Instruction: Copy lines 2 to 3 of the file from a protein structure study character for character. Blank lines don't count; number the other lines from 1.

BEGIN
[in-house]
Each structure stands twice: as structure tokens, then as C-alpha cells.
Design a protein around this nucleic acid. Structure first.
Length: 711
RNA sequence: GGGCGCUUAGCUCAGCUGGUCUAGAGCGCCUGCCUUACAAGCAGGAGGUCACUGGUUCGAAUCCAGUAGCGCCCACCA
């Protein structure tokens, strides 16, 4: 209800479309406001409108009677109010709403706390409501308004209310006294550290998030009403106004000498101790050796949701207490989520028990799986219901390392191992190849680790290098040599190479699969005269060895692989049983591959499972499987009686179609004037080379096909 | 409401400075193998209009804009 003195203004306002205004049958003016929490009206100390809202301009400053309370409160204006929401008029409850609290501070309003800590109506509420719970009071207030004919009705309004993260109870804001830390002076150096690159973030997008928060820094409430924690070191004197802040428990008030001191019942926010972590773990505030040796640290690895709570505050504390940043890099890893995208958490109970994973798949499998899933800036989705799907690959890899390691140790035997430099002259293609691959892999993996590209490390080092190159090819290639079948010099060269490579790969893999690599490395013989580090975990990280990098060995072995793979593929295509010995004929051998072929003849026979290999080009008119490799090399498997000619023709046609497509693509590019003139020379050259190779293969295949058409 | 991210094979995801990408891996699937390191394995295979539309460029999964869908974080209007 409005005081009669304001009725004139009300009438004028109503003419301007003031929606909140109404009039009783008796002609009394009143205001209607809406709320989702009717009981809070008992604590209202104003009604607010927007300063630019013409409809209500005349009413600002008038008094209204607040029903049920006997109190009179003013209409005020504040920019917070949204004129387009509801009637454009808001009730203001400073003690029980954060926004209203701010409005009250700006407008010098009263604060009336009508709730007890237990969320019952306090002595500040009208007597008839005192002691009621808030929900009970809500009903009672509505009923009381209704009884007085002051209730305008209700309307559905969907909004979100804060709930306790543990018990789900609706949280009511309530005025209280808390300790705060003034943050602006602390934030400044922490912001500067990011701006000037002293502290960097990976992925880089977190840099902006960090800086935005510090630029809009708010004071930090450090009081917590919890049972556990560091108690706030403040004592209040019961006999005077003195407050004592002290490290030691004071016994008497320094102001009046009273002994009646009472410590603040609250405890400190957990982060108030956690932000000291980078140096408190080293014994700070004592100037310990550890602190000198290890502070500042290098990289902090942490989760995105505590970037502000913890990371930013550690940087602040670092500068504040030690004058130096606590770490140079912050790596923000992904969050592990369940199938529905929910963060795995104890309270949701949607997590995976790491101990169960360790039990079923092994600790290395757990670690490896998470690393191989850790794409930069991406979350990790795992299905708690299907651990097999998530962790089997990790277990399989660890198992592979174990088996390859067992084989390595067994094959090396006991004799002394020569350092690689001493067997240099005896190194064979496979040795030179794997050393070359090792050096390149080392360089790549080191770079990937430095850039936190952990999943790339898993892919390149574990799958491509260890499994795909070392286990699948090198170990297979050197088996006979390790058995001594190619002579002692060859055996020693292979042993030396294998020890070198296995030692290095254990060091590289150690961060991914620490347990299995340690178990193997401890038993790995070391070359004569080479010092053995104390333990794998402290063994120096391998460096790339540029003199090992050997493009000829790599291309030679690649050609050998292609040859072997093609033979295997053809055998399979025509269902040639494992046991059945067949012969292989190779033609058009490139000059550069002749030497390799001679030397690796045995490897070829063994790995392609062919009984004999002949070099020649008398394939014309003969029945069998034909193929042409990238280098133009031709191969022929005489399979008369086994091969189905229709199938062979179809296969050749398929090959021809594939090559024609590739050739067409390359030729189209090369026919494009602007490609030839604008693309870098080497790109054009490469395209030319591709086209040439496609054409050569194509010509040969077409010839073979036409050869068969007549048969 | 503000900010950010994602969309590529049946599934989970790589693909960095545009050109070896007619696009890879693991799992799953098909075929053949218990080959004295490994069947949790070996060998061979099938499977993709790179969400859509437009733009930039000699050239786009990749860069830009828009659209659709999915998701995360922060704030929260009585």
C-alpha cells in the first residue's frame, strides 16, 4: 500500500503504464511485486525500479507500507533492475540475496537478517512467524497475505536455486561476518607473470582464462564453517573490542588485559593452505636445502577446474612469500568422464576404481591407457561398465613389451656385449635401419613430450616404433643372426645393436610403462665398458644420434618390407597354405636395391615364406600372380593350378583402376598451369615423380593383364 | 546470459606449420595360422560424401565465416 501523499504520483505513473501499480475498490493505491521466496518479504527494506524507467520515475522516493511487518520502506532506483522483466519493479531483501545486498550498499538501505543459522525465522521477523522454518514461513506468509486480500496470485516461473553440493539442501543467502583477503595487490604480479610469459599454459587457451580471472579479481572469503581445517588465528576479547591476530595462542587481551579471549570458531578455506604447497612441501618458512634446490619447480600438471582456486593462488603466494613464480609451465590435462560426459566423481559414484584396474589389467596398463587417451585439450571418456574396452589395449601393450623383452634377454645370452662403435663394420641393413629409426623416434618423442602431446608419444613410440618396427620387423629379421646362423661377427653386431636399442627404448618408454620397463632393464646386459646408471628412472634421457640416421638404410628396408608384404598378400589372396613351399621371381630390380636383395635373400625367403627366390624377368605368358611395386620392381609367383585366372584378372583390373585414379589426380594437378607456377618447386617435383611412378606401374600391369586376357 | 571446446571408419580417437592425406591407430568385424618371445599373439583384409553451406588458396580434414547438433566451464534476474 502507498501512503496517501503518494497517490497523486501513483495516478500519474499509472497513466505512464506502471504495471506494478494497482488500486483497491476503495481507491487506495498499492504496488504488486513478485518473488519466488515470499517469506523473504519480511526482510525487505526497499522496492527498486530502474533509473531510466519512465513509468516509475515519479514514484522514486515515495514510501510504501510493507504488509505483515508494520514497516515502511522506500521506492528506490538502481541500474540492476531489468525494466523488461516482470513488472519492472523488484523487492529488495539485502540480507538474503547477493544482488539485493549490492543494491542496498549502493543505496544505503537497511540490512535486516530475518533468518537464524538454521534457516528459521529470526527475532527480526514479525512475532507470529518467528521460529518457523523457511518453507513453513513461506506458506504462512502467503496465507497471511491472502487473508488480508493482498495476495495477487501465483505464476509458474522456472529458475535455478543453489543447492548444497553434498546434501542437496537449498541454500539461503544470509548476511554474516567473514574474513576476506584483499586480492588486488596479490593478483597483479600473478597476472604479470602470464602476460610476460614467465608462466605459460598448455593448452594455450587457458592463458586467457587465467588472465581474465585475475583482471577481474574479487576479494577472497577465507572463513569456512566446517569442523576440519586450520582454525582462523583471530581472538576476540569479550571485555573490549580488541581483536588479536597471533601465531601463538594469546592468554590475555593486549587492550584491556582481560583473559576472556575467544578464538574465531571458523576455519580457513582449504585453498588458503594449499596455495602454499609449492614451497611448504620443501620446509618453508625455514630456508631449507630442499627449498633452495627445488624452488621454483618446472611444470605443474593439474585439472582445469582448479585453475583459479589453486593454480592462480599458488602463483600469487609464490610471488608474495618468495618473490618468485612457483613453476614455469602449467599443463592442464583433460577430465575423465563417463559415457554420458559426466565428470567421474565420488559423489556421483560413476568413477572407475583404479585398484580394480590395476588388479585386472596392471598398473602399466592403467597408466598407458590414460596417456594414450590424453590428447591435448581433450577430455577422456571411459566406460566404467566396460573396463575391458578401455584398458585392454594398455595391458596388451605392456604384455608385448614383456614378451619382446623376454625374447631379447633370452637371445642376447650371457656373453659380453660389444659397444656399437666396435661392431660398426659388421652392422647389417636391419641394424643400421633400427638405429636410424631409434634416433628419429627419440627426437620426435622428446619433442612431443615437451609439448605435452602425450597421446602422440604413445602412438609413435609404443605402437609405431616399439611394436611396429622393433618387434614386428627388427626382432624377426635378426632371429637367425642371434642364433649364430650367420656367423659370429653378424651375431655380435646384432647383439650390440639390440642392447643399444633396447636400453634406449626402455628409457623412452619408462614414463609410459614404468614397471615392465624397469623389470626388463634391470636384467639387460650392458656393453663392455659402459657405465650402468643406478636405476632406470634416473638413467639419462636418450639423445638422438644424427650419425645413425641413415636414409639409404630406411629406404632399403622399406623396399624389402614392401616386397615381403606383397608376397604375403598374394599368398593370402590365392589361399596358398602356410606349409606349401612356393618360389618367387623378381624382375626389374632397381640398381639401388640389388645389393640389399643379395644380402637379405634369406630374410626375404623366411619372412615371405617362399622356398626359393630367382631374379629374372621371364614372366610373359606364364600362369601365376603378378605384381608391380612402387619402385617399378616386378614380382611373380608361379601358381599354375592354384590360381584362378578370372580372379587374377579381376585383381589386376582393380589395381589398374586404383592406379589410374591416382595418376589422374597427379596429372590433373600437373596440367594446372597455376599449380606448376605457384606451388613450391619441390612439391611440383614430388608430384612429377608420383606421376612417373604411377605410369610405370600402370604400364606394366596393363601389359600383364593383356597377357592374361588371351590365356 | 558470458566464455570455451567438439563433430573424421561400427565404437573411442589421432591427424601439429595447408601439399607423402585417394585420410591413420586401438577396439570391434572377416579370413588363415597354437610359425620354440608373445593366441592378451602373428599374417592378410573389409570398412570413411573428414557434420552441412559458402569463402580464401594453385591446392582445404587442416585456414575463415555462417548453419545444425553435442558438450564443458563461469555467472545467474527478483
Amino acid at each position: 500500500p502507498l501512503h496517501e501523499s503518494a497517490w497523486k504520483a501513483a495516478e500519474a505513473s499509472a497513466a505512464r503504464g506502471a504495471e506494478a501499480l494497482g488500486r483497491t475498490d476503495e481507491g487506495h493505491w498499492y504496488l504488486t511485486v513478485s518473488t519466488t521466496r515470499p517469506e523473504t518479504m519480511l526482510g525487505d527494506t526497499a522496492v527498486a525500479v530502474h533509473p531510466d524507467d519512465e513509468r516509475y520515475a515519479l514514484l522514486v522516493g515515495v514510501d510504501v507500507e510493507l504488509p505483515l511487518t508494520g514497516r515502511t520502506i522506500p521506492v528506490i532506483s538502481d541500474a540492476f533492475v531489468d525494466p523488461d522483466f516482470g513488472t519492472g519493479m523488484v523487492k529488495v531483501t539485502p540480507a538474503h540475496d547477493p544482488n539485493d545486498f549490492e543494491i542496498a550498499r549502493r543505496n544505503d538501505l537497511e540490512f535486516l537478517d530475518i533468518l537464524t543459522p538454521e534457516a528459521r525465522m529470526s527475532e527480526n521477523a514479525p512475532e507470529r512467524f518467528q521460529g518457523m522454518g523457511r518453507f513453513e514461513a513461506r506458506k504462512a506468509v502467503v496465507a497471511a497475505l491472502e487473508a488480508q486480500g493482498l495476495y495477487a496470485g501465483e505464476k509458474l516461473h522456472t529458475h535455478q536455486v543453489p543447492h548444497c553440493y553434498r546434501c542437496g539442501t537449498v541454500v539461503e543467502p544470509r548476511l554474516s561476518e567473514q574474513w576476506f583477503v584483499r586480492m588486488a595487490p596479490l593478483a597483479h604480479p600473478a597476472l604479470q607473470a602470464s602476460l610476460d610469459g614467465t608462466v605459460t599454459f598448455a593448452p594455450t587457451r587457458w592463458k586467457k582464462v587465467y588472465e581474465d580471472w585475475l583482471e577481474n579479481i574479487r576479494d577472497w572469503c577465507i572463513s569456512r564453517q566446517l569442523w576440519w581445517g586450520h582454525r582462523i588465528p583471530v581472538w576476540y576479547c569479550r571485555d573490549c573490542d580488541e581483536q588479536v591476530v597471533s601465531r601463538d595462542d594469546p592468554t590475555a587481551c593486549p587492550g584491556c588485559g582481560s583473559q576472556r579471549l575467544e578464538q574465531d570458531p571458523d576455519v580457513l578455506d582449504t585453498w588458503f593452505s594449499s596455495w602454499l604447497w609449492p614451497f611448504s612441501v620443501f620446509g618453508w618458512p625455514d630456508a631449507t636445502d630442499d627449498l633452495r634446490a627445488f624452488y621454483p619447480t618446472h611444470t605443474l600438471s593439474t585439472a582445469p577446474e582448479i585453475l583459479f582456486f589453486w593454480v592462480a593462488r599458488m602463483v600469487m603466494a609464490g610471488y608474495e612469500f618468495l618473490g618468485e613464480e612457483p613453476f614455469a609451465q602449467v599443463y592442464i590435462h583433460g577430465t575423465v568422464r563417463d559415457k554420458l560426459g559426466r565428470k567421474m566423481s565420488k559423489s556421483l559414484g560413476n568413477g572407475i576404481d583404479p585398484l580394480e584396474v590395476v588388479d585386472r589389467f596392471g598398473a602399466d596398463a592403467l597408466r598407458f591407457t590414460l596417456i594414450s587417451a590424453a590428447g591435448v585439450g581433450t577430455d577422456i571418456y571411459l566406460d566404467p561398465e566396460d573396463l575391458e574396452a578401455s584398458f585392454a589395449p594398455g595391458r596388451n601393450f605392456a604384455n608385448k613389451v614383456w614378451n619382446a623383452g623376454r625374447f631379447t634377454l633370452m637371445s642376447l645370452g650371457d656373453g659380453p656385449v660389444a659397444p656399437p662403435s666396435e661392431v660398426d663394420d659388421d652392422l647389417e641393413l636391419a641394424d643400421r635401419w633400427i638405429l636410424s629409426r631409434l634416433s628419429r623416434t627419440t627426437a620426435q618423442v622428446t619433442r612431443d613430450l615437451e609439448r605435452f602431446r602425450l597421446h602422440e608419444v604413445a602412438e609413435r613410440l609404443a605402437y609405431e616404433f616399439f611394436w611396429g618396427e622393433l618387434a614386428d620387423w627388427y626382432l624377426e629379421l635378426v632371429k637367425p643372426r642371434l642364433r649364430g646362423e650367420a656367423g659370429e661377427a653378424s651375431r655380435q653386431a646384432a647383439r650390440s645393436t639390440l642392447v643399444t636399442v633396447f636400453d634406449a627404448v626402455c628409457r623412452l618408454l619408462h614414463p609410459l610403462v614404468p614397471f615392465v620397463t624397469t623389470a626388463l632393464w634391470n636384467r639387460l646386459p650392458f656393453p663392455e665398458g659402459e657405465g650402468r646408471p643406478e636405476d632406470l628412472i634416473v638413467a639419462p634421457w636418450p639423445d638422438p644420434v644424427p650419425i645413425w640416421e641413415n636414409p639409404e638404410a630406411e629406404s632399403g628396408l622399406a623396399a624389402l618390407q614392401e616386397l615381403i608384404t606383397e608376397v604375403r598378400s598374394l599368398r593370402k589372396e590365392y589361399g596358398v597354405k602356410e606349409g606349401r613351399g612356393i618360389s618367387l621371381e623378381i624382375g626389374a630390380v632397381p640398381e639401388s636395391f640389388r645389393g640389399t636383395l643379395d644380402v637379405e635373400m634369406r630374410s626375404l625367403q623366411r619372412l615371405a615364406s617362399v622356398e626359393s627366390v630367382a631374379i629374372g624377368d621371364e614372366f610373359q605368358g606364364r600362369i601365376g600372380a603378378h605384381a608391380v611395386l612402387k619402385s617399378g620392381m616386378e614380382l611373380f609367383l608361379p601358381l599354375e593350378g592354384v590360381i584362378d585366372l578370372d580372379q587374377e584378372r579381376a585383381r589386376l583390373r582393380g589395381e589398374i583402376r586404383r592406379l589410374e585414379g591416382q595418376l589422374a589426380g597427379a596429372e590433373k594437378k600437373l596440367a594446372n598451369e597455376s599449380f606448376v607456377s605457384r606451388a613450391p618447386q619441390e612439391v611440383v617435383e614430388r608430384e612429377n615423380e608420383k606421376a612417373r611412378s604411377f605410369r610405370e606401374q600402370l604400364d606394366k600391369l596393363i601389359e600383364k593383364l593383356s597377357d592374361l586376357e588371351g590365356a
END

Each structure stands twice: as structure tokens, then as C-alpha cells.
Design a protein around this nucleic acid. Structure first.